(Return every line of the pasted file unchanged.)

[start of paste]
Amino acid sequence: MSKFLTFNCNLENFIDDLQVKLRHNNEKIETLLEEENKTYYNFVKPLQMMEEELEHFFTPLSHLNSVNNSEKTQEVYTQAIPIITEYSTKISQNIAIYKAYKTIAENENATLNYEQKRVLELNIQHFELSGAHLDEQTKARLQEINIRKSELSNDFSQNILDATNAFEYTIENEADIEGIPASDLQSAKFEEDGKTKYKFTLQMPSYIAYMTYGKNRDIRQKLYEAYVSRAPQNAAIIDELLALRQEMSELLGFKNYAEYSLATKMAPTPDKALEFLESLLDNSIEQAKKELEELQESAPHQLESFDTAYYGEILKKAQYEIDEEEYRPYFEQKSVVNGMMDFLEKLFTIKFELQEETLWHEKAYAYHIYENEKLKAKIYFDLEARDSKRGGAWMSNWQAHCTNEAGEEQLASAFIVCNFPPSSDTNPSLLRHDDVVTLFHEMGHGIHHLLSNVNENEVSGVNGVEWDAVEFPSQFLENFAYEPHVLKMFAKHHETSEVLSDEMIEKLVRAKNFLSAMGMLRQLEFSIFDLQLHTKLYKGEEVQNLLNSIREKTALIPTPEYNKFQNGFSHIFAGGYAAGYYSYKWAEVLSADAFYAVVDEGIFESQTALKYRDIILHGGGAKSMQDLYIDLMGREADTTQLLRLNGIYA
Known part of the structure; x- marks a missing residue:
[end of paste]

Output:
Amino acid sequence: MSKFLTFNCNLENFIDDLQVKLRHNNEKIETLLEEENKTYYNFVKPLQMMEEELEHFFTPLSHLNSVNNSEKTQEVYTQAIPIITEYSTKISQNIAIYKAYKTIAENENATLNYEQKRVLELNIQHFELSGAHLDEQTKARLQEINIRKSELSNDFSQNILDATNAFEYTIENEADIEGIPASDLQSAKFEEDGKTKYKFTLQMPSYIAYMTYGKNRDIRQKLYEAYVSRAPQNAAIIDELLALRQEMSELLGFKNYAEYSLATKMAPTPDKALEFLESLLDNSIEQAKKELEELQESAPHQLESFDTAYYGEILKKAQYEIDEEEYRPYFEQKSVVNGMMDFLEKLFTIKFELQEETLWHEKAYAYHIYENEKLKAKIYFDLEARDSKRGGAWMSNWQAHCTNEAGEEQLASAFIVCNFPPSSDTNPSLLRHDDVVTLFHEMGHGIHHLLSNVNENEVSGVNGVEWDAVEFPSQFLENFAYEPHVLKMFAKHHETSEVLSDEMIEKLVRAKNFLSAMGMLRQLEFSIFDLQLHTKLYKGEEVQNLLNSIREKTALIPTPEYNKFQNGFSHIFAGGYAAGYYSYKWAEVLSADAFYAVVDEGIFESQTALKYRDIILHGGGAKSMQDLYIDLMGREADTTQLLRLNGIYA
Known part of the structure; x- marks a missing residue: